davey_d's profile
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3.1K Messages

Thu, Aug 8, 2019 8:47 PM

Jam Detection Update

RF Jamming is a technical reality.  All devices that use wireless communications protocols can be jammed. The good news is, a) this is *not* a known attack vector for home security, because it's not a reliable way to enter and move about a home undetected, and b) we have a jam detection algorithm that is being constantly tuned and updated behind the scenes, which notices if someone is trying to jam your system and alerts you. More on that below:



A little tech talk:




First we'd like to highlight one of the most annoying issues in detecting jam attacks: False positives are a huge problem. Radio signal "noise' is everywhere and intermittent. So for some customers these alerts could become annoying -- and potentially harmful if they created the incorrect feeling that their system isn't working.  We are constantly tuning our detection algorithm to get better and better at differentiating between normal, ubiquitous RF interference and actual, concerning jamming activity without frustrating you with a barrage of nuisance alerts.



Second, jamming without being detected would be extremely difficult, as is clear in the Youtube video.  The jam detection was triggered several times by the tester. Our system's array of multiple sensors and cameras (layers of protection), wireless communications protocols and jam detection algorithm work together to make it very hard for anyone to interfere with your system undetected.



Here's why:

The jamming demonstrated is under controlled conditions, with the "jammer" in close proximity to the base station and the sensor which is transmitting. Our testing shows that moving the jammer to another area away from the base station and having the sensor closer to the base station, the sensor could still communicate with the base station. Also, if the jammer is tuned too close to our transmission frequency, as it moves closer to the base station, it will trigger the RF jamming warning. In other words, prior knowledge of the layout of our motion sensors, door sensors and base station in the customers home and a rehearsal of how to move about the home would be necessary to confidently select a frequency that will both jam and not be detected -- let alone on the first try. Plus they would have to keep the jamming interference in that range for the entire time needed to pull off a burglary, while continuing to avoid detection. It's not impossible...but we're continuously improving our system to make it increasingly impossible.



We frequently tune our detection parameters and release security and usability updates. We are in the process of another round of detection algorithm tuning which will continue to refine our ability to differentiate between the brief interference noise that typically occurs in many homes, and actual bad actors. This update has been in the works for a while -- it's currently in beta and will be released remotely in a month or so.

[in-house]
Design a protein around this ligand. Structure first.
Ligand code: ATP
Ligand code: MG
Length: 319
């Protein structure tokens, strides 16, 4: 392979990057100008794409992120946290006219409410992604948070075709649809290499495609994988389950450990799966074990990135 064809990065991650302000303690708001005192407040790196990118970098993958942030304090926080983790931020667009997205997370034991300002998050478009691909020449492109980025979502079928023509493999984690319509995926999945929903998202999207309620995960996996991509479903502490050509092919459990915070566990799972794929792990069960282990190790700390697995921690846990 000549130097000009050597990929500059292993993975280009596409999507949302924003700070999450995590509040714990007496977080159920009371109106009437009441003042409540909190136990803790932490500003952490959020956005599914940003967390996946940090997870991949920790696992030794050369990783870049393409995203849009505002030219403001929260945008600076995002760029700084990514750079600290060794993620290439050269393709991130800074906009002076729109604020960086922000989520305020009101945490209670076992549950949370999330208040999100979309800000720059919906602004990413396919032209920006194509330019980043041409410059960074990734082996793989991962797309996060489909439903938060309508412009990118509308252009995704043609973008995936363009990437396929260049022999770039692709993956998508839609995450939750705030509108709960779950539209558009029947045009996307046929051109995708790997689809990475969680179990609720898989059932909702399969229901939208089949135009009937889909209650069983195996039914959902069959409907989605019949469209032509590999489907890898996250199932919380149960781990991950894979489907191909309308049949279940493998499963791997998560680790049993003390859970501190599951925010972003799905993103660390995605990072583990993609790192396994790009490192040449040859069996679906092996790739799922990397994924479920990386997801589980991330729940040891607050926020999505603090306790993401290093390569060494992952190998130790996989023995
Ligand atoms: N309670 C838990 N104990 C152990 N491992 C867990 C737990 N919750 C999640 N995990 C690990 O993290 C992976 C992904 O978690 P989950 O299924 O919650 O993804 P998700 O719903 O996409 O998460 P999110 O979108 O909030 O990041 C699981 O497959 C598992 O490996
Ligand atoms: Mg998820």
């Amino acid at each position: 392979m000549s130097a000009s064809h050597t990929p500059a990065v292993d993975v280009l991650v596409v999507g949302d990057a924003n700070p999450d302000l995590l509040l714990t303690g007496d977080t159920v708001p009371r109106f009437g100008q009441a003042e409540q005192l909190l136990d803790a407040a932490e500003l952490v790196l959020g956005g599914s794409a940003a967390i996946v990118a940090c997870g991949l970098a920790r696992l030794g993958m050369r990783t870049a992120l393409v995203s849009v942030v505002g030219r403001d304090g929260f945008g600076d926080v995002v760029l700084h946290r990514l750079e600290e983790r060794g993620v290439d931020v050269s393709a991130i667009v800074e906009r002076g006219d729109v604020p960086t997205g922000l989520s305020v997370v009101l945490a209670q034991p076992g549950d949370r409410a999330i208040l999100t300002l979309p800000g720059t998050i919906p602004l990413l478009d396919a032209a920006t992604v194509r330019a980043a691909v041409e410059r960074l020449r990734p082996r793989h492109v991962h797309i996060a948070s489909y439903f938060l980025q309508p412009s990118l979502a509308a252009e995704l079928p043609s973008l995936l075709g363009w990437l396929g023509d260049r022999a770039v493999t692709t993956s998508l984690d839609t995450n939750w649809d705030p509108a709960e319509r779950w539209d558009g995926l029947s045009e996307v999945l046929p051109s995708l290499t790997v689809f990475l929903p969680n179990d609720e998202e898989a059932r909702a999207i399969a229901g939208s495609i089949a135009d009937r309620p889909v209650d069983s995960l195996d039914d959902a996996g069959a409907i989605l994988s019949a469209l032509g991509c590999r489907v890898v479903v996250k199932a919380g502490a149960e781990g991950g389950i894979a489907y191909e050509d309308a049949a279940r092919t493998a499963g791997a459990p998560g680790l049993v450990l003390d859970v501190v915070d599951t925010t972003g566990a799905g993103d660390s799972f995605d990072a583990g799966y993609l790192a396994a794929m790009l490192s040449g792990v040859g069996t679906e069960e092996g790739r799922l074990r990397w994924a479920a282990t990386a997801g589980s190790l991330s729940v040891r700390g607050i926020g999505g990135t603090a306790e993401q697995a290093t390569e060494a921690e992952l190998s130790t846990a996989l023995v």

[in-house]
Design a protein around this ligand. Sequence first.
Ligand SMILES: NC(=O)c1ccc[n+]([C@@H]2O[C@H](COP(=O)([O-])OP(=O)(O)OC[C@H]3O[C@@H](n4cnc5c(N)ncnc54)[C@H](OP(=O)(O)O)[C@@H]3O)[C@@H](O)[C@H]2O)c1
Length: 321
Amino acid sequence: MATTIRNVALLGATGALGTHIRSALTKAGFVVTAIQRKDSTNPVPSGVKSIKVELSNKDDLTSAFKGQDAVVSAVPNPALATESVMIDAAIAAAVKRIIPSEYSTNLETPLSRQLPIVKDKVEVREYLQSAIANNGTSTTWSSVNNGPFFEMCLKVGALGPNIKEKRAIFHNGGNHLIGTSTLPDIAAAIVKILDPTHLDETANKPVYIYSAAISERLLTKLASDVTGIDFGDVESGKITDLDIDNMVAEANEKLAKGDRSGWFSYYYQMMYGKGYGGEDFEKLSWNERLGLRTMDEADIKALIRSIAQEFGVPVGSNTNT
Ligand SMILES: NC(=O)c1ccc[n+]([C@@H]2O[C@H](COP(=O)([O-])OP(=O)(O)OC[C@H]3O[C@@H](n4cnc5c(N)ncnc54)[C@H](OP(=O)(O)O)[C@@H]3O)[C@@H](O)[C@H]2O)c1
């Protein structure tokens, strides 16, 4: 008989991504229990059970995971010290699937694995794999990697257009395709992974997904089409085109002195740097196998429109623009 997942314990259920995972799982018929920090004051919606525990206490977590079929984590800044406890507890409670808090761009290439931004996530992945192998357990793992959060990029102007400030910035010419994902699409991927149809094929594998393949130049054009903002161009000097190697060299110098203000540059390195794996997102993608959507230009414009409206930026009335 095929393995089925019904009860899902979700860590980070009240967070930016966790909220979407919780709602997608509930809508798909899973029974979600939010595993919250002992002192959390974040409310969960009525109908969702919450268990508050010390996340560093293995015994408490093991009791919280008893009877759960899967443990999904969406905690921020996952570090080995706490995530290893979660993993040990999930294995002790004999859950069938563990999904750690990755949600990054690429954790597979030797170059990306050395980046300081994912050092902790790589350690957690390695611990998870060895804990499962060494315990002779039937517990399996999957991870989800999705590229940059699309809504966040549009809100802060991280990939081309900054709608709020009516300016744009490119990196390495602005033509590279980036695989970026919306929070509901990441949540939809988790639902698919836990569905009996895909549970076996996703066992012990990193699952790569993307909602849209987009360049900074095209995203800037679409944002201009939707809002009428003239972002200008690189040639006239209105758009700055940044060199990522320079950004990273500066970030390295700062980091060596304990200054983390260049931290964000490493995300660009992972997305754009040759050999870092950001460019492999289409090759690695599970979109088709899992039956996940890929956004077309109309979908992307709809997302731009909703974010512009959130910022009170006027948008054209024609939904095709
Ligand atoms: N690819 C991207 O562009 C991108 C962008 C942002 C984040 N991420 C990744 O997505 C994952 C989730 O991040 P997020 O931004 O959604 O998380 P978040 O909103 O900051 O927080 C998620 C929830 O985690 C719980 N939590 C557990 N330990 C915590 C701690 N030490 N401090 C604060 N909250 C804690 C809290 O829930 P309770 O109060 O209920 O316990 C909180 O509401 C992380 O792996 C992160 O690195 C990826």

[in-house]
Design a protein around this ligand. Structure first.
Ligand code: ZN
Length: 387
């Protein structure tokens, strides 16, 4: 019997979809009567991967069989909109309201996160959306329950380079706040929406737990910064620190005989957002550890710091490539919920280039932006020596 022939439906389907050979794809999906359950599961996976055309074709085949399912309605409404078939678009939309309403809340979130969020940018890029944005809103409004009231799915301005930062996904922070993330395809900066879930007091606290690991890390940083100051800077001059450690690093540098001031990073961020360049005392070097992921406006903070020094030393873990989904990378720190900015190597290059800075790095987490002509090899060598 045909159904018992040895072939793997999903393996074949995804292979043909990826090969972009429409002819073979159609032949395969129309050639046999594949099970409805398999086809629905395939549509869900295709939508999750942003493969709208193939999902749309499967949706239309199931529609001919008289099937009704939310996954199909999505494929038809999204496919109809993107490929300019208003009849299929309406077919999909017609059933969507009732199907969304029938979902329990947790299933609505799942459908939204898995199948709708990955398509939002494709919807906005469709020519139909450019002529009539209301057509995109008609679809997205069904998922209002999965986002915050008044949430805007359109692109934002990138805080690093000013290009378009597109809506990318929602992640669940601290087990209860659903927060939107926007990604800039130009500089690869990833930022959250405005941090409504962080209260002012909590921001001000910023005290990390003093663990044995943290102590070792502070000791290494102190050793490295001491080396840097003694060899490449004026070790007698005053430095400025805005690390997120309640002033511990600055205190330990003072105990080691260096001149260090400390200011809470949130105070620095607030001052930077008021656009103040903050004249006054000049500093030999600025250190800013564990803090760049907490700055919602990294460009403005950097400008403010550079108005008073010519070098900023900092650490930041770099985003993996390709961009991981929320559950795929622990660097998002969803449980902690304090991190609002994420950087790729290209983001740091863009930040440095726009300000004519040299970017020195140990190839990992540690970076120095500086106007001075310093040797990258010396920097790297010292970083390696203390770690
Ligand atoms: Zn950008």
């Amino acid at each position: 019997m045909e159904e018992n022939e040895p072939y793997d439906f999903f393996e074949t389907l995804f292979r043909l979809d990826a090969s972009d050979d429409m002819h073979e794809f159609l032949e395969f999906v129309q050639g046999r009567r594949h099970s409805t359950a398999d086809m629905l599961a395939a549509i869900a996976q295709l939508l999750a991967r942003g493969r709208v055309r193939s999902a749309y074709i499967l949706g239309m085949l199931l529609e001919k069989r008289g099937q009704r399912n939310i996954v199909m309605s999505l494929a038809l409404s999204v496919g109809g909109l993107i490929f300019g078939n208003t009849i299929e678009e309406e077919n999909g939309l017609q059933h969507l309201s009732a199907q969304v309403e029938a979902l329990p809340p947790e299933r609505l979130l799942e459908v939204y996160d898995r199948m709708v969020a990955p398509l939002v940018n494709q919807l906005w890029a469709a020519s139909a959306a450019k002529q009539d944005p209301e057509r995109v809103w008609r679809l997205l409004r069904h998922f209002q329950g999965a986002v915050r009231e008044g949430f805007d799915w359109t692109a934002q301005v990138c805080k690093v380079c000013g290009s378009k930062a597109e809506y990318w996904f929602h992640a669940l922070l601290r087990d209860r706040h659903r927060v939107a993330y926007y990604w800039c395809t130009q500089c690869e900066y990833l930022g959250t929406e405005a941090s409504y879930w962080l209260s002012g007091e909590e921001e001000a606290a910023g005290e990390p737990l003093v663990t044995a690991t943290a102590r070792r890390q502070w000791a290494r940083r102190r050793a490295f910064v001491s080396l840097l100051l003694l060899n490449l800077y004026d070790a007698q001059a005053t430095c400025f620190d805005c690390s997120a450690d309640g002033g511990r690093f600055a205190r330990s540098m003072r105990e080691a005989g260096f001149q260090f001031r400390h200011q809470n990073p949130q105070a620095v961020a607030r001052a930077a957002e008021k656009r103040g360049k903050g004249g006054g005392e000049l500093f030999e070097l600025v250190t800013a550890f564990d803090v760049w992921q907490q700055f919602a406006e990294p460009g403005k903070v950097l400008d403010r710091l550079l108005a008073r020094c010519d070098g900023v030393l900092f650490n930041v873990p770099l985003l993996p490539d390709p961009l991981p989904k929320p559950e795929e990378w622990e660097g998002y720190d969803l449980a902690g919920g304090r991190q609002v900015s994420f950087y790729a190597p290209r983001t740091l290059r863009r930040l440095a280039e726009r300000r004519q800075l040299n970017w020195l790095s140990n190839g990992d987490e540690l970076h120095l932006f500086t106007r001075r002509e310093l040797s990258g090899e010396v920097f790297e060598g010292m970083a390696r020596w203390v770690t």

Also, SimpliSafe already offers video verification -- an opt-in service where, in the event of an alarm, our professional monitoring center views video from your home, prioritizing it for the police. This enhances police response times when real alarm events are in progress, and cuts down on false alarms and unnecessary police dispatches. In the near future, we will offer video verification for potential interference events, where experts at our monitoring center can review footage and determine if police dispatch is warranted.



Finally, a reminder (found in this CNET article):


"The most likely burglary scenario by far is the unsophisticated crime of opportunity, usually involving a broken window or some other kind of brute-force entry. According to the FBI, crimes like these accounted for more than half of all residential burglaries in the US in 2017. The wide majority of the rest were unlawful, unforced entries that resulted from something like a window or a garage door being left open. The odds of a criminal using technical means to bypass a security system are so small that the FBI doesn't even track those statistics.'


We are a company that focused on protecting you, which means we work on protecting you against even unlikely scenarios like this.

4 Messages

Il y a 3 y

Forgive my ignorance, but if the issue is the frequency that SS uses, couldn't they switch their systems to a different frequency? Or, have a rolling frequency?

I assume that is easier said than done, but I just thought I'd ask.

Advocate

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2.2K Messages

Il y a 3 y

Different frequency would require new hardware, and be compromised exactly the same way the instant the new frequency was discovered.  By, you know, looking at the fcc filing.

Now a rolling frequency would probably do the job.  Of course, every single piece of equipment would have to cost at least 10 times as much.  And none of the existing hardware would work.  SS so enjoyed the last bout of non-compatibility, I'm sure they are eager to do that again.

1.3K Messages

Il y a 3 y

Frequency hopping/spread spectrum isn't immune either. Heck, mil spec systems can be jammed. It all boils down to how "hard" the system needs to be relative to the risk and value of the asset.

The more assurance you want the bigger the check you're going to need to write. What is the proper balance? Each has to determine that for themselves.

57 Messages

Il y a 3 y